|Frankfurt - DaimlerChrysler is the first automaker worldwide
to offer fuel cell vehicles for sale. The company plans to build 20 to 30 city buses with
fuel cell drives during the next three years, and then offer them for sale to transport
operating companies in Europe and abroad.
Speaking today at a press conference marking
the start of the project, Professor Klaus-Dieter Vöhringer, the DaimlerChrysler Board of
Management member responsible for research and technology, said. "As a result of our
research and development activities the development of fuel cells for automotive
applications has reached a stage where we can now offer the first vehicles to
Wolfgang Diez, head of the Mercedes-Benz/Setra Buses business unit added, "Buses
built by Mercedes-Benz are distinguished by their innovative technology and their
contribution to sustainable mobilitythat's why it's only natural for us to be the
first to offer fuel cell technology to our customers. We want to introduce our customers
early on to technology that is particularly suited to city traffic, because of zero
emissions and significantly lower noise levels."
The first vehicles are planned for delivery by the end of 2002. They will be driven in
normal traffic conditions for a period of two years. These bus operations will also mark
the first time that detailed evaluations can be made on the basis of data from an entire
fleet of vehicles.
"This first production step demonstrates that fuel cells have reached a stage of
technological maturity," said Professor Dr. Ferdinand Panik, head of the
DaimlerChrysler Fuel Cell Project. "At the same time, we are aware that we have to
reduce the cost, volume and weight of the fuel cell systems in order to become competitive
with internal combustion engines. We have decided to begin a dialog with our future
customers at this early stage so that they can gain experience with this new
EvoBus GmbH, a wholly-owned subsidiary of DaimlerChrysler, will supply the
Mercedes-Benz Citaro low-floor city buses with fuel cells at a price of $1.2 million (1.25
million euros) each. The price includes comprehensive technical consulting and on-the-spot
maintenance by EvoBus for a period of two years. DaimlerChrysler will provide the
transport operators with guidance and expertise on preparing a fuel infrastructure.
DaimlerChrysler considers fuel cells to be the alternative drive system with the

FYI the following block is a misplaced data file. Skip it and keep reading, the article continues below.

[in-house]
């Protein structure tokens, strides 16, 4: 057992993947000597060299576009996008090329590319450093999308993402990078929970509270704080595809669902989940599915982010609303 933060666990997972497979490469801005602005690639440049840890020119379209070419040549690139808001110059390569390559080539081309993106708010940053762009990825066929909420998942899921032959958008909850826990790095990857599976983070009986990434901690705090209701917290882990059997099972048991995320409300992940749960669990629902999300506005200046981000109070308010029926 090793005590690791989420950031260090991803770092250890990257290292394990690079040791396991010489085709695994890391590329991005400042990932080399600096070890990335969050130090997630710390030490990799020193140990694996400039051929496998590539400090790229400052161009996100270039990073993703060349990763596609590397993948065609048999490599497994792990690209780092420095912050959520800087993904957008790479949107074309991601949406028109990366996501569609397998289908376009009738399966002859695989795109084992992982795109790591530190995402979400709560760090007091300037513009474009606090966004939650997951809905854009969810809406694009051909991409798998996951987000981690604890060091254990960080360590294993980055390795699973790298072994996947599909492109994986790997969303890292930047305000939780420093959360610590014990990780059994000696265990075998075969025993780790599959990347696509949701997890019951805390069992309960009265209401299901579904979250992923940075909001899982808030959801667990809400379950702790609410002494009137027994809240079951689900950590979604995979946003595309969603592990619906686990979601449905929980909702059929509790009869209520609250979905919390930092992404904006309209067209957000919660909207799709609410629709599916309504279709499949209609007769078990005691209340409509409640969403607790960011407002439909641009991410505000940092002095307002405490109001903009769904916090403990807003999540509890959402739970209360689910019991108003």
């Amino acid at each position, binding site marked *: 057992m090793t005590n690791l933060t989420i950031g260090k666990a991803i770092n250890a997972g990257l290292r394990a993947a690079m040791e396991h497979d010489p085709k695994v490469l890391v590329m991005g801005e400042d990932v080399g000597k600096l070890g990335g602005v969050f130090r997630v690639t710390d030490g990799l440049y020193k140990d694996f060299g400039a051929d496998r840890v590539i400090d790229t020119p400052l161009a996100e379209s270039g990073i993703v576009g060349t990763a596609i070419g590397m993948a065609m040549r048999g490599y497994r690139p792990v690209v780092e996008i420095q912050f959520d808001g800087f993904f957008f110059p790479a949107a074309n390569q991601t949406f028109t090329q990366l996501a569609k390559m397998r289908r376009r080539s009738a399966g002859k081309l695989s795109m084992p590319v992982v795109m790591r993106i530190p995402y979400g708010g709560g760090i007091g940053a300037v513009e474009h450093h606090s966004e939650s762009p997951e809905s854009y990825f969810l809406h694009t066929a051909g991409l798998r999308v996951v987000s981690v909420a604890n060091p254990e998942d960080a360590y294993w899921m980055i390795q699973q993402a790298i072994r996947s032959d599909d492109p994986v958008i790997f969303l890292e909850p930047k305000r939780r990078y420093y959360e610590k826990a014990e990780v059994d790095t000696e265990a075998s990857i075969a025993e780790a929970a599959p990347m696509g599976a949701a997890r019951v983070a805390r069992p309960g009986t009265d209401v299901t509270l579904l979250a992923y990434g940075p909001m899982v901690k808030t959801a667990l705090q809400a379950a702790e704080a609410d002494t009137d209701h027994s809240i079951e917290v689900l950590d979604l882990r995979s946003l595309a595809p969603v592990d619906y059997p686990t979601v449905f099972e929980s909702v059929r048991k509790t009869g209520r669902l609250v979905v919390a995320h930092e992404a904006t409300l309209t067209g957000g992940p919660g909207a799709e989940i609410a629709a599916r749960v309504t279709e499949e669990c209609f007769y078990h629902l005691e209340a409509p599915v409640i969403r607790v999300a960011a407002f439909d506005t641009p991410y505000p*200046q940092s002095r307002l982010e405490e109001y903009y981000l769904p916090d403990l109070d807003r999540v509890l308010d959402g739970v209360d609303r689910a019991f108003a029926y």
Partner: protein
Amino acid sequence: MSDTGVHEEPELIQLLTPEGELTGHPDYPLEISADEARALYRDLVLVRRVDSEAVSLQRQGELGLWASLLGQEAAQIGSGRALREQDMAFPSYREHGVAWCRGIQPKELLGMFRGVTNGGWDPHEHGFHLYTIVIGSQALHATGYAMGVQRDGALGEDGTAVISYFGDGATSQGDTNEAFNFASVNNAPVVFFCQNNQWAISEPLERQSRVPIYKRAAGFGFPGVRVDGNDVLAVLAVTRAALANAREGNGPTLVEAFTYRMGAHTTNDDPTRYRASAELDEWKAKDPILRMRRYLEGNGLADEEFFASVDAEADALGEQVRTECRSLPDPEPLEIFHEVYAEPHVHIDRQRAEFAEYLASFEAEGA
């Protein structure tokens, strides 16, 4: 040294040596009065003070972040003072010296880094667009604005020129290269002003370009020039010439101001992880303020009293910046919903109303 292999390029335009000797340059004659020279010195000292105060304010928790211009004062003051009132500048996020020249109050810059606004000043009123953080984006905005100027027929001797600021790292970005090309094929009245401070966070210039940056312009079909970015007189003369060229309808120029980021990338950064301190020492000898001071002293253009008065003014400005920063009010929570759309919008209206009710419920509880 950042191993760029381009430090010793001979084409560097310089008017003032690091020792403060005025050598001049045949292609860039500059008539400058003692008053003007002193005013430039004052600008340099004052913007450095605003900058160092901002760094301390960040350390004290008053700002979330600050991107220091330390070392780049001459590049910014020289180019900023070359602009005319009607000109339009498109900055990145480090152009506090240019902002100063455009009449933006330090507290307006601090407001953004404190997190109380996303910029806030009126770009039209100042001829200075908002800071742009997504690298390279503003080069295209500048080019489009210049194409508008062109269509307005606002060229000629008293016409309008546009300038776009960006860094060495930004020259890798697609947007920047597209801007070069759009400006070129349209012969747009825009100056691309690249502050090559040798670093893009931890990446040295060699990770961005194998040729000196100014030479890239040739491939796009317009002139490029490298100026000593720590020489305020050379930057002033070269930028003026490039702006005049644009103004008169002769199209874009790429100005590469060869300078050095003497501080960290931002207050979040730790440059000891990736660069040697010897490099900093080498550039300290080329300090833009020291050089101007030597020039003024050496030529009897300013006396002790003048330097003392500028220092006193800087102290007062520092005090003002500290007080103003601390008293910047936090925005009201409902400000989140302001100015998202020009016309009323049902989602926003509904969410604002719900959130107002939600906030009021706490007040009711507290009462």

greatest long term potential. They have either very low levels of emissions or none at
all, and are extremely quiet and energy efficient, thereby making an important
contribution to sustainable mobility. DaimlerChrysler has performed tests using methanol,
hydrogen and a purer form of gasoline to power fuel cell vehicles. It is also the first
automobile manufacturer to put fully functional, hydrogen and methanol driven fuel cell
vehicles on the road. Hydrogen is particularly suited to fleets in public transport
systems since the vehicles can regularly return to a central filling station. The
emission-free, low-noise, hydrogen fuel cell buses are especially suited to city traffic.
The fuel cell driven Citaro now being offered for sale is the successor to the NEBUS
(New Electric Bus). In 1997, NEBUSa prototype based on the low-floor city bus O 405
Nbecame the first Mercedes-Benz fuel cell driven bus to hitthe streets.
The Citaro's fuel cell unit delivers more than 250 kilowatts of power. It was developed
and manufactured by the DaimlerChrysler subsidiary Xcellsis, with fuel cell stack provided
by Ballard Power Systems. The gas pressure bottles containing compressed hydrogen are
mounted on the roof of the bus. The environmentally friendly bus can travel up to 186
miles (300 kilometers) at a top speed of 50 miles per hour (80 km per hour) and carry
around 70 passengers. The electric motor, transmission, drive shaft and mechanical rear
axle are all located at the rear of the bus. This ensures smooth low-floor design and easy
access during maintenance. The bus also includes three doors for optimal passenger flow.
(April 6, 2000)